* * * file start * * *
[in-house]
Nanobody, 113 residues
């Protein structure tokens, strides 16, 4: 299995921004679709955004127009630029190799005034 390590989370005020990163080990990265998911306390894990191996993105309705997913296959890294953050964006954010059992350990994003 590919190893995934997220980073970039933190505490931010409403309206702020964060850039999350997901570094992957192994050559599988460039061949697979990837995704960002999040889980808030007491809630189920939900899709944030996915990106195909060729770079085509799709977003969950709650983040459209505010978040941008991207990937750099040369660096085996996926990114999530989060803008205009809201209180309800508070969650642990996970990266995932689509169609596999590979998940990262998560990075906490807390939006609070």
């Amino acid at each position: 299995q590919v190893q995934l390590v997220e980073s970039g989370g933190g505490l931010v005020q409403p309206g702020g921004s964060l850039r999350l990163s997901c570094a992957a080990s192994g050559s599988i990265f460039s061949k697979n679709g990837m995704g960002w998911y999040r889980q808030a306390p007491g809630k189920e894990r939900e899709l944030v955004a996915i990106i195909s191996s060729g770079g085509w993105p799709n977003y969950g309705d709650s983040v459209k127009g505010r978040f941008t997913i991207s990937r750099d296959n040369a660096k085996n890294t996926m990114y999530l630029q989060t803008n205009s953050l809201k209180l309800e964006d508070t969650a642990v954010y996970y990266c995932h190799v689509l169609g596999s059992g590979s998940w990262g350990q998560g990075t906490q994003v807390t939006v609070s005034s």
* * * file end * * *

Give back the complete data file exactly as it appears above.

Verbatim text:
[in-house]
Nanobody, 113 residues
């Protein structure tokens, strides 16, 4: 299995921004679709955004127009630029190799005034 390590989370005020990163080990990265998911306390894990191996993105309705997913296959890294953050964006954010059992350990994003 590919190893995934997220980073970039933190505490931010409403309206702020964060850039999350997901570094992957192994050559599988460039061949697979990837995704960002999040889980808030007491809630189920939900899709944030996915990106195909060729770079085509799709977003969950709650983040459209505010978040941008991207990937750099040369660096085996996926990114999530989060803008205009809201209180309800508070969650642990996970990266995932689509169609596999590979998940990262998560990075906490807390939006609070």
């Amino acid at each position: 299995q590919v190893q995934l390590v997220e980073s970039g989370g933190g505490l931010v005020q409403p309206g702020g921004s964060l850039r999350l990163s997901c570094a992957a080990s192994g050559s599988i990265f460039s061949k697979n679709g990837m995704g960002w998911y999040r889980q808030a306390p007491g809630k189920e894990r939900e899709l944030v955004a996915i990106i195909s191996s060729g770079g085509w993105p799709n977003y969950g309705d709650s983040v459209k127009g505010r978040f941008t997913i991207s990937r750099d296959n040369a660096k085996n890294t996926m990114y999530l630029q989060t803008n205009s953050l809201k209180l309800e964006d508070t969650a642990v954010y996970y990266c995932h190799v689509l169609g596999s059992g590979s998940w990262g350990q998560g990075t906490q994003v807390t939006v609070s005034s």